Where is Amos when we need him? Amos made it hard for the rich, the famous and the powerful to sleep well at night. He put their feet to the fire, so to speak.
He started out in the Tekoa countryside but was last seen in Bethel. That was before they kicked him out, sent him packing, closed down his operations. He ran afoul of the authorities.
Amos was shaking his verbal finger in the face of the king, his judges and all the national administrators: “Ah, you that turn justice to wormwood, and bring righteousness to the ground!”
Not that these important people were unbelievers. Bethel was the site of “the king’s sanctuary,” probably something like a chapel at Camp David. It was a place where powerful people could worship without risking public confrontation with a man like Amos.
For good reason: Amos made it hard for the rich, the famous and the powerful to sleep well at night. He put their feet to the fire, so to speak.
Here is what happened: Amaziah was the pastor at the king’s sanctuary in Bethel. He told the king of the harsh criticisms of Amos; he then said to Amos: “Preacher, get out of here! Go back home and earn your living there. Never again preach in Bethel because this is the king’s sanctuary, it is a temple of the kingdom.”
We don’t know what happened to Amos, but we do know that he recorded some of his convictions in a very small book. Small books are popular these days.
Small books like the one Amos wrote don’t make it to the New York Times “Best Seller” list. They don’t make it on other lists either, like the reading list of the executives of Enron or the politicians in Washington.
If they had read this little book, would we have laws that allow multi-billion dollar corporations to make millions in profits but not pay a penny in taxes?
Would wealthy executives be given millions in bonus pay, while the pension plan of thousands of employees is left bankrupt?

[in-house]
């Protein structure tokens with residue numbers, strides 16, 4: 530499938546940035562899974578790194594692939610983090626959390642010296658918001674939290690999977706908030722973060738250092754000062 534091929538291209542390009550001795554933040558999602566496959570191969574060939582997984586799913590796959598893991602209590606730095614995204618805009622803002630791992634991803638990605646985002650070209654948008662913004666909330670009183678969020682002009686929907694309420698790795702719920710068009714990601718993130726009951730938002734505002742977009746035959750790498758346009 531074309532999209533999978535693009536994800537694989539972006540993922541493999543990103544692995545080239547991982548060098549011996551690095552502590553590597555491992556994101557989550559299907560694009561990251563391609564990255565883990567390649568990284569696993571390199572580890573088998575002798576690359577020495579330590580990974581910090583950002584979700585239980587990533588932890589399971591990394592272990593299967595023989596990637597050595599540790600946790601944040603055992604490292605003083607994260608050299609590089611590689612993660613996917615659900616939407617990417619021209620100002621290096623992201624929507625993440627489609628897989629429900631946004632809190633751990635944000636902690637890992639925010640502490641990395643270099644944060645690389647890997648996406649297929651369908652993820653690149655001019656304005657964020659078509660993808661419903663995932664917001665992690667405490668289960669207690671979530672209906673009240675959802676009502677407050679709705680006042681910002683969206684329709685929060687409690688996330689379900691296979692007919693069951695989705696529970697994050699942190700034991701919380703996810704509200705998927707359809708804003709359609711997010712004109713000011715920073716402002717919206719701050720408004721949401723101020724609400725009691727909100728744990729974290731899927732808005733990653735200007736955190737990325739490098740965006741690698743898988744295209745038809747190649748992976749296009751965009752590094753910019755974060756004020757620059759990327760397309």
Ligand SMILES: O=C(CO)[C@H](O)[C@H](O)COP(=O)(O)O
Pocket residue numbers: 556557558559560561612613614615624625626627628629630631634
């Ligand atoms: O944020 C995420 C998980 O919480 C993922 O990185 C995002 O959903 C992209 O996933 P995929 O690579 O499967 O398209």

Would the attorney general remove himself from the investigation citing “conflict of interest”?
You can find the little book of Amos in what Jews call the Book of the Twelve and Christians call the Minor Prophets (near the end of the Old Testament).
The Book of Amos is minor in the same way that the Gettysburg Address is minor; both are relatively short. Both are major in the same sort of way, however; they present a transforming and compelling vision of human society where peace and prosperity are rooted in ethics and equality. “Let justice roll down like waters and righteousness like an ever flowing stream,” Amos said.
We need a man like Amos, a straight-talking, truth-telling, no-holds-barred man like Amos, who understands right from wrong and is not afraid to say so.
Preachers everywhere shy away from the Amos model of pastoral work. After all, he irritated the most powerful man in his congregation and ended up out in the streets.
No doubt these Enron executives in Houston are church members. Many of them probably serve as deacons, teachers, elders, and (of course) finance chairmen. They probably heard sermons on gambling, smoking, drinking and adultery, with an occasional word on homosexuality thrown in for good measure.
What they needed was a strong dose of preacher Amos. What they needed were clear answers to simple questions.
Does God want corporate executives to make $300 million while the workers make $30,000? Is it right for corporate executives to sell their falling stocks while preventing employees from selling theirs? Should companies be allowed to deduct executive bonuses from their taxes? What good is an attorney general who is so beholden to corporate executives that he is not able to investigate their illegal and unethical behavior?
Where is Amos when we need him?
But Amos lived a long time ago, had a very short career and ended up dismissed from his preaching post. His detractors will say he never understood the complicated issues of supply and demand, management and labor, capital and resources.
All Amos understood was right and wrong, and that rarely makes it to the top of the list.
Dwight Moody is dean of the chapel at Georgetown College in Georgetown, Ky. He teaches courses in New Testament and preaching and conducts student tours to Israel and elsewhere. He also hosts the public radio program, “The Meetinghouse: Conversations on Religion in American Life.”